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UAVs will transform the U.S. commercial landscape

Nov. 4, 2013, Menlo Park, Ca. - Commercial drones will soon be populating U.S. airspace, and venture capitalists like Tim Draper are placing their bets.


November 4, 2013
By Olga Kharif Bloomberg

Draper, an early investor in Hotmail, Skype and Baidu Inc., is now
backing DroneDeploy, a startup that's building software to direct
unmanned aircraft on land mapping and the surveillance of agricultural
fields. Draper even expects drones to one day bring him dinner.

 

"Drones
hold the promise of companies anticipating our every need and
delivering without human involvement," Draper, 55, wrote in an email.
"Everything from pizza delivery to personal shopping can be handled by
drones."

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Venture investors in the U.S. poured $40.9 million into
dronerelated startups in the first nine months of this year, more than
double the amount for all of 2012, according to data provided to
Bloomberg News by PricewaterhouseCoopers and the National Venture
Capital Association. Drones are moving from the military, where they've
been used to spy on and kill suspected terrorists, to a range of
civilian activities.

 

Congress has directed the Federal Aviation
Administration to develop a plan to integrate drones into U.S. airspace
by 2015 and to move faster on standards for drones weighing less than 55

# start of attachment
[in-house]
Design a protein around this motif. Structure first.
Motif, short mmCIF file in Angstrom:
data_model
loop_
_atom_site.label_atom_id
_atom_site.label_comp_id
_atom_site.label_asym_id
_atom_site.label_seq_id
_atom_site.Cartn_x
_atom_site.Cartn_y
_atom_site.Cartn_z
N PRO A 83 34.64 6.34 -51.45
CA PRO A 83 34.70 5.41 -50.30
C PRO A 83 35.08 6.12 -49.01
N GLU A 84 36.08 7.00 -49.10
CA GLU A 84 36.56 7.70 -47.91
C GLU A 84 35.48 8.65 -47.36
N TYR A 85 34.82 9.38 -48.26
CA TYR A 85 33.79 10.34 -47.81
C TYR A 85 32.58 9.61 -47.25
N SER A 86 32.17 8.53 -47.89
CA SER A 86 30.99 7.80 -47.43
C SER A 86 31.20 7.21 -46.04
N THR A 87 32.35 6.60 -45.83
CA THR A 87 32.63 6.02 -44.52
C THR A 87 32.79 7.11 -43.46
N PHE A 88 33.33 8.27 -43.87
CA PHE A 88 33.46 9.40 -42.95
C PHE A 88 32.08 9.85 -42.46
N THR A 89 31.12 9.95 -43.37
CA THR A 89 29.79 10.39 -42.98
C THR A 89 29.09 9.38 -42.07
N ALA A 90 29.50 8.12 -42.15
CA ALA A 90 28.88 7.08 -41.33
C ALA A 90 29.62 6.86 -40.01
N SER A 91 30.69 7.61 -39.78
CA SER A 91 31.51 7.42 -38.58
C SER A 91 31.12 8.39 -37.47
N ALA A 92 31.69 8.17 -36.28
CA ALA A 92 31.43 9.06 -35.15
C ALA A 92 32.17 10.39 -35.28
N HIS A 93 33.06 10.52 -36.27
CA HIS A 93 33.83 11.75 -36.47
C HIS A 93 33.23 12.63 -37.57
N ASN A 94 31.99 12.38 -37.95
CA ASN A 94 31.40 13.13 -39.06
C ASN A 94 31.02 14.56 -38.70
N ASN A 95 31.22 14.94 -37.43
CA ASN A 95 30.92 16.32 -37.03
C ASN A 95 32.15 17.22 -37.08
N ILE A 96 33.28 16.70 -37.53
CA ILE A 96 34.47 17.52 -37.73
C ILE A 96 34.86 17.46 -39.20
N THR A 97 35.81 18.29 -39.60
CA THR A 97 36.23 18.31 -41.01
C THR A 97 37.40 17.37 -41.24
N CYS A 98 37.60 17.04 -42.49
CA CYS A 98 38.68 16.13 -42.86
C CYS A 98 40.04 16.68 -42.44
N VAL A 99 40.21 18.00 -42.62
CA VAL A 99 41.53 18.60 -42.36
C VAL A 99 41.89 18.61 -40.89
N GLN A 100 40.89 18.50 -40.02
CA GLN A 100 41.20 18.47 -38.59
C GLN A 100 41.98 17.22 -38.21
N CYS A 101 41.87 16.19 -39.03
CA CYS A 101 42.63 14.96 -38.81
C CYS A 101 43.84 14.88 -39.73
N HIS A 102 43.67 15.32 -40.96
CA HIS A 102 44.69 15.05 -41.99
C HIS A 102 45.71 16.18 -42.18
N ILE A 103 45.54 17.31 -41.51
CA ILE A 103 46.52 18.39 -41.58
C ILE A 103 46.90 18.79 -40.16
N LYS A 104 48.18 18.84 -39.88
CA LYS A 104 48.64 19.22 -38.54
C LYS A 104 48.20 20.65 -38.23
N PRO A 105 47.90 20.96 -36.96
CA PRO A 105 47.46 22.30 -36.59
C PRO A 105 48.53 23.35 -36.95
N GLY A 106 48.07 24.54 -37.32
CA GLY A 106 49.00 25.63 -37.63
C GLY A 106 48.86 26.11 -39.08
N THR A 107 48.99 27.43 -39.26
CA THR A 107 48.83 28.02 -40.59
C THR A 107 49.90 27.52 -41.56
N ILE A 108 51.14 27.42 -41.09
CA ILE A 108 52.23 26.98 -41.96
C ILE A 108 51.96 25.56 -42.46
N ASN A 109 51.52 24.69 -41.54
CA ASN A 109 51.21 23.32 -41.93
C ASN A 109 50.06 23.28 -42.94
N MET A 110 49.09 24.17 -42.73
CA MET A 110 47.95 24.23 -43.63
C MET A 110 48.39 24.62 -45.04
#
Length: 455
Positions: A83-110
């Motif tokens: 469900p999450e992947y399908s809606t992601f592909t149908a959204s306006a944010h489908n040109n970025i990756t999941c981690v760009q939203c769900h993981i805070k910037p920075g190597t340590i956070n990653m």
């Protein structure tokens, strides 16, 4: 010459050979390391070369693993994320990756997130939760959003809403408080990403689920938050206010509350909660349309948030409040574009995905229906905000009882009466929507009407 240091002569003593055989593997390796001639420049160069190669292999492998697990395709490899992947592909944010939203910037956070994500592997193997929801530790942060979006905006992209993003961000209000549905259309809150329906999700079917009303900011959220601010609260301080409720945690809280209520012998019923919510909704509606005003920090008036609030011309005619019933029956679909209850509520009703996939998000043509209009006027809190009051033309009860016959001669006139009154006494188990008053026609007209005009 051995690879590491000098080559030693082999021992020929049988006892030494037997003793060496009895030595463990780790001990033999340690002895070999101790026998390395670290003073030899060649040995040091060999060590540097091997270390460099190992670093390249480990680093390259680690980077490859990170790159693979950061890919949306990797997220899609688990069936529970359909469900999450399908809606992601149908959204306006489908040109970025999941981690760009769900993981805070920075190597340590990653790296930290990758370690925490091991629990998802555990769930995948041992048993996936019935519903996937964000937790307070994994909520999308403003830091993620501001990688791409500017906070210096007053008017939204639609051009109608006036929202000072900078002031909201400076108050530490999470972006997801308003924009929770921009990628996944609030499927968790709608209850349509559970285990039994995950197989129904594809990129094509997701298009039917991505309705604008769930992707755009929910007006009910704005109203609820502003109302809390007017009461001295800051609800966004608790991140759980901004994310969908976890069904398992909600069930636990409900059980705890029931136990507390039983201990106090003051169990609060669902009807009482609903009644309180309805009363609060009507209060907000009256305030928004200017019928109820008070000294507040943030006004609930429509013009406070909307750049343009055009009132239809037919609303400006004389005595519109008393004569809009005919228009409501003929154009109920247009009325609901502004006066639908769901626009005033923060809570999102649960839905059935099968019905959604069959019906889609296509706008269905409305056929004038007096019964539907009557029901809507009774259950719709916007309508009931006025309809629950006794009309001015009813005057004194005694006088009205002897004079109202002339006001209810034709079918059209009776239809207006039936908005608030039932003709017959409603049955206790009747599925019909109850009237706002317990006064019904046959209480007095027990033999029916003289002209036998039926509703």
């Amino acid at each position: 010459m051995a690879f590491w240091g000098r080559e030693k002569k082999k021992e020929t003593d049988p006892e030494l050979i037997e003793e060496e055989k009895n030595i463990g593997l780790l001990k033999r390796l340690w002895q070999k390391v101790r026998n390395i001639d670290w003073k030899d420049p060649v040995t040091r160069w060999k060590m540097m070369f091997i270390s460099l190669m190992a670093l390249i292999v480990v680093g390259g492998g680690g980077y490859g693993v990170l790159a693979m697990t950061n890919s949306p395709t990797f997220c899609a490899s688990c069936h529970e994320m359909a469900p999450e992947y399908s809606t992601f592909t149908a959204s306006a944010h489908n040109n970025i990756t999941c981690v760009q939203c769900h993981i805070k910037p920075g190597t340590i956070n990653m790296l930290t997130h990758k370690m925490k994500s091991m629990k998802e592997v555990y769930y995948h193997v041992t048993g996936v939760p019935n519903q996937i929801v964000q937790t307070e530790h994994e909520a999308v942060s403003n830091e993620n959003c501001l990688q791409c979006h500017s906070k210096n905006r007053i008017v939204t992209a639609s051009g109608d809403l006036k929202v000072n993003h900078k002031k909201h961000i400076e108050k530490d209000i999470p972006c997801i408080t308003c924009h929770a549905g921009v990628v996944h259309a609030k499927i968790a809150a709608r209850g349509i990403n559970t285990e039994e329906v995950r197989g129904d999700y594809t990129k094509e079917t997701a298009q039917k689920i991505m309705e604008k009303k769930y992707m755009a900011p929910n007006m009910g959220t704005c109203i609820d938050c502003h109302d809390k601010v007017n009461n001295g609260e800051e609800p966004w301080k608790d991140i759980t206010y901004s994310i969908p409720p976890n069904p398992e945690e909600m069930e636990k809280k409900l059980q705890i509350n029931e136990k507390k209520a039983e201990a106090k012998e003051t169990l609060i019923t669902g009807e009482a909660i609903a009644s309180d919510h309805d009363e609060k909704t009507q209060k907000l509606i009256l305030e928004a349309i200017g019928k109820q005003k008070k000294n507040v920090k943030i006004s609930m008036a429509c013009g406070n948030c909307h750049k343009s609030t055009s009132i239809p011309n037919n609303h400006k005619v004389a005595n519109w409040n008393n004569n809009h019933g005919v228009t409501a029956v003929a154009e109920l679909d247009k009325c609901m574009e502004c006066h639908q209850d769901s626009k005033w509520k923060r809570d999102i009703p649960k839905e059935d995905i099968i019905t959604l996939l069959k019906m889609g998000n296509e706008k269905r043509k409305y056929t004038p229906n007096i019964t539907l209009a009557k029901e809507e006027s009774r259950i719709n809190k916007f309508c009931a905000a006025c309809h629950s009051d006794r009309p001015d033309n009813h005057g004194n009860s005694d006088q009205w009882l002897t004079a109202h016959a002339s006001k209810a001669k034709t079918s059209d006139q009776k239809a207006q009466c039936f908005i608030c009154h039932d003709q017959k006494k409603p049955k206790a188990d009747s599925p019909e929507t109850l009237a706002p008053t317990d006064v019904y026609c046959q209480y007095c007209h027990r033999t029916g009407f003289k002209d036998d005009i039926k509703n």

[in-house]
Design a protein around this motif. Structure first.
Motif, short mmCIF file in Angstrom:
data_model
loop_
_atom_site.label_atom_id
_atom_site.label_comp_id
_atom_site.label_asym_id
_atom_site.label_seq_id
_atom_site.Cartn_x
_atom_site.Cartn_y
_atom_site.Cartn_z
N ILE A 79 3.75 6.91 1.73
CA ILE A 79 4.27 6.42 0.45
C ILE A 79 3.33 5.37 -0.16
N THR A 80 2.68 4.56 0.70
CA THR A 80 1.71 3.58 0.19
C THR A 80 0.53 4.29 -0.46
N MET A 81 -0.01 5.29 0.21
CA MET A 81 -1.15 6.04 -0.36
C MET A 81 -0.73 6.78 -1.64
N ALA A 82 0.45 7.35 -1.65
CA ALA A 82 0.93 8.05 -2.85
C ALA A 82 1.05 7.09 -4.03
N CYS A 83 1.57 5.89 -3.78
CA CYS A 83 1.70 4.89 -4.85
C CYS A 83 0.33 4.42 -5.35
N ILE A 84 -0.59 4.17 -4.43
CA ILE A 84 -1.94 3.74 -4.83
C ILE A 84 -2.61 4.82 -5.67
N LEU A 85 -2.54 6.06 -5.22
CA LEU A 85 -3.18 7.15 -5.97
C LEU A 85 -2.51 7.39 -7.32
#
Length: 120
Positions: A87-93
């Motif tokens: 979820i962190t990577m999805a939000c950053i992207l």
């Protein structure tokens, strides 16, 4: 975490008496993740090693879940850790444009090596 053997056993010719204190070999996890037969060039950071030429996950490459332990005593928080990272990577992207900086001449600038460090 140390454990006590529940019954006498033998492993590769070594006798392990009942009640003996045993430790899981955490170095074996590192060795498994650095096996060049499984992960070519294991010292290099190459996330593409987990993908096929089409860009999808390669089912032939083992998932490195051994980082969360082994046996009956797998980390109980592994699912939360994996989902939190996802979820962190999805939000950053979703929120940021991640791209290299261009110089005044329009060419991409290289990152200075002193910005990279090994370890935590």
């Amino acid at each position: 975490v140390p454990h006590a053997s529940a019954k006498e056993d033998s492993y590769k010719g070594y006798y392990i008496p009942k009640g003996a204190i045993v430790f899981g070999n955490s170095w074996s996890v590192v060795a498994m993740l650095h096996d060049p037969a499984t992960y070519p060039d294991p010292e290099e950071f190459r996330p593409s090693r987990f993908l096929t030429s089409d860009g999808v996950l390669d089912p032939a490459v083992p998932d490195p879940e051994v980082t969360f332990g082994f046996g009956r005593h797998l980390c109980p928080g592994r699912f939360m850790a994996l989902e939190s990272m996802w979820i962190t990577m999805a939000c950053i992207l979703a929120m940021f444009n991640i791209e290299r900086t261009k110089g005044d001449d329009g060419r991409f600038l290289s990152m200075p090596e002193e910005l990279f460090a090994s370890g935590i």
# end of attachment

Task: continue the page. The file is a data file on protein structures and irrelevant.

pounds.

 

It's not just startups that are anticipating the changes.
ConocoPhillips says that drones could be used to monitor ice floes and
marine mammals in the Arctic. Entrants could also include established
drone makers AeroVironment Inc., Boeing Co.'s Insitu unit and Israel
Aerospace Industries Ltd. in Tel Aviv, according to Bloomberg
Government.

 

Sales of civilian unmanned aerial vehicles, or UAVs,
will reach $8.2 billion within the decade, up from nothing today,
according to Phil Finnegan, director of corporate analysis at researcher
Teal Group, which tracks aerospace and defence.

 

"There's going to be a lot of growth in this market," Finnegan said.

 

While
the capital invested in drone-related startups has surged, it's still
concentrated in just a few companies. Three startups account for all of
the money raised in the first nine months of this year, compared with
five in all of 2012.

 

Draper backed DroneDeploy through his Menlo
Park, Calif.-based firm, Draper Fisher Jurvetson. Airware, a startup in
Newport Beach, Calif., raised $13.3 million earlier this year from
investors including Andreessen Horowitz, Google Ventures and First Round
Capital to develop customizable autopilots for UAVs that cost about
$4,500 to $7,500, according to the company's website.

 

Airware
found it much easier to attract the attention of venture capitalists
this year after testing the product with customers, said chief executive
officer Jonathan Downey.

 

The business of drones still carries
plenty of risks. UAVs will have to occupy parts of the airspace not used
by airplanes, and investors don't yet know what the rules will be.
Concerns over privacy are most notable given the history of drones as
tools used by the government and military.

 

The American Civil Liberties Union has warned of the possibility of a "surveillance society" spurred by drones.

 

"The
only way to avoid this dystopian future and prevent mass, suspicionless
searches of the general population is to ensure that information
collected by drones for one purpose cannot be used for another purpose,"
Allie Bohm, a strategist for the ACLU, wrote in an August blog post.